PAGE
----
The state Legislature's House members may continue to agitate for passage of the bill to allow gun owners to stow their guns in employers' parking lots. But State Senate Speaker Ron Ramsey has declared the controversial bill dead for the year.
Let's hope he's right. The National Rifle Association and the right-wing American Legislative Exchange Council -- the background sponsors of this bill and others like it in state legislature across the country -- have intimidated, steered and jerked around lawmakers and Tennessee's citizenry far too much already. They should take a hit on this bill.
The irony of the bill's setback, to be sure, is that it springs from a rare disagreement between two of the most formidable pillars of the Republican-dominated Legislature's right-wing base: the NRA and the gun lobby, and big employers and corporations. If the state's biggest employers weren't so opposed to letting employees bring guns onto their property -- and if the state's Chamber of Commerce hadn't lobbied against the bill in behalf of employers and the hope of landing skittish future job creators -- the bill would have passed in a heartbeat, never mind the public interest in reducing the general presence of guns in a civil society.
Employers have good reason to fear giving employees a right to keep their guns in employers' parking lots. This nation has seen enough random shootings by angry employees raging through their place of work to frighten any sane employer. Small wonder prospective employers might refuse to locate in Tennessee if their private property interests weren't protected.
Advocates of the bill complain that employer bans on guns stored in their parking lots means they can't go armed on commutes to and from their jobs without lying about keeping their firearms in their car. Yet employees are not required to work for employers that ban guns. Neither are they denied their right to obtain a permit to carry a gun. So the premise that one person's rights can't impinge on another's rights still applies.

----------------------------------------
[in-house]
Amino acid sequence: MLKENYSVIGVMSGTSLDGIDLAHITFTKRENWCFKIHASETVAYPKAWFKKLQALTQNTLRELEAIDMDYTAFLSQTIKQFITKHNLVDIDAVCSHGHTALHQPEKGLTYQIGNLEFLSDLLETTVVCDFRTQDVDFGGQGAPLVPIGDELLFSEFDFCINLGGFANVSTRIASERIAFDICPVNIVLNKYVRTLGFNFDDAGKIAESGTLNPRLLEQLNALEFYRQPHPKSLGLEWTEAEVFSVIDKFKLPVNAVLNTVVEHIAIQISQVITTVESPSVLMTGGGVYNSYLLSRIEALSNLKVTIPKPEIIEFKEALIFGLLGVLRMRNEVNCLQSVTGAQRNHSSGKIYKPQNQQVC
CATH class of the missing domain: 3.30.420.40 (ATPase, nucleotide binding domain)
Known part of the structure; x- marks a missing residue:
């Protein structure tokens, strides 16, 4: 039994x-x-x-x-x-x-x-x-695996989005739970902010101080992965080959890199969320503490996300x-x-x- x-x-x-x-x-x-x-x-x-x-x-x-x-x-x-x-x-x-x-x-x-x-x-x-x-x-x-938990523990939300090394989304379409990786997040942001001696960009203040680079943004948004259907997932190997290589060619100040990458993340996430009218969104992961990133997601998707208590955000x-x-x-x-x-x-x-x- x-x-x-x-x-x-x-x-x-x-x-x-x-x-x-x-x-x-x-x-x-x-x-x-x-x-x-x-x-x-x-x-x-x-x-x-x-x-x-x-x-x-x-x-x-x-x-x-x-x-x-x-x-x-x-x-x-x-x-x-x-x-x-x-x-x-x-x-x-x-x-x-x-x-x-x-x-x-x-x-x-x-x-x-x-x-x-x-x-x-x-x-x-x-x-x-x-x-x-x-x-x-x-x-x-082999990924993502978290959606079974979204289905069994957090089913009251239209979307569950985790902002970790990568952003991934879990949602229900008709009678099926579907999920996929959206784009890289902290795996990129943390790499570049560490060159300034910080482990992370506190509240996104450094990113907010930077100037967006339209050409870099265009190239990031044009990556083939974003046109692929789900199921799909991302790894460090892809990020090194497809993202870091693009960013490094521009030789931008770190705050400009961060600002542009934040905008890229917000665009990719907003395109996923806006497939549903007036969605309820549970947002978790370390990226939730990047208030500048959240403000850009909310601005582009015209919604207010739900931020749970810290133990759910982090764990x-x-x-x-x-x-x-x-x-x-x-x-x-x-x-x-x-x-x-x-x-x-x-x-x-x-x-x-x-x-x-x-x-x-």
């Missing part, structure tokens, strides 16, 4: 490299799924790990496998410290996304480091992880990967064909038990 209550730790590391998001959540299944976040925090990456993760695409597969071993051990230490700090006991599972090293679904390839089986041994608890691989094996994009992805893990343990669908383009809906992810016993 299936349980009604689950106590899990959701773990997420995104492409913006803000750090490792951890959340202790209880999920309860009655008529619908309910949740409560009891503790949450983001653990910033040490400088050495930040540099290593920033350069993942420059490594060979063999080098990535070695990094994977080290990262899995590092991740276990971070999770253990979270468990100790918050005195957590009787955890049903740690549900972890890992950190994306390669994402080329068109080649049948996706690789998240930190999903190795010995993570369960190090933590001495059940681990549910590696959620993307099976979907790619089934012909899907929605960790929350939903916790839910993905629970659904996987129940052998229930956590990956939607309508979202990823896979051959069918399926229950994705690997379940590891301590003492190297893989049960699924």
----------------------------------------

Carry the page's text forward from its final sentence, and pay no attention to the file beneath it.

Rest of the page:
If employers in Tennessee can maintain their right to ban guns on their property -- why is this even a question? -- it could help quench the current crazy rush to allow guns in more and more public places, i.e., from bars and parks to churches and university campuses, to name a few more vulnerable areas of potential gun violence.
In any case, the gun-carry craze has already gone well beyond the rational boundaries that prevailed just five or ten years ago. Legislators have increasingly presumed the right to intrude guns into the public sphere, almost always despite huge public opposition. They had even widened the range of their guns-in-parking lots bill from applying just to those with gun-carry permits, to all gun owners with a hunting license -- a license that requires no background check, and that may be obtained through the bill for a few bucks.
Their excessive over-reaching killed any chance of compromise, but it allowed a reprieve from more gun privileges, at least for a year. Hopefully Tennessee's gun-happy legislators will use the pause to consider the risk the bill invites. They might remember why they still ban gun-carry rights in the halls and chambers of their own place of work in the Capitol.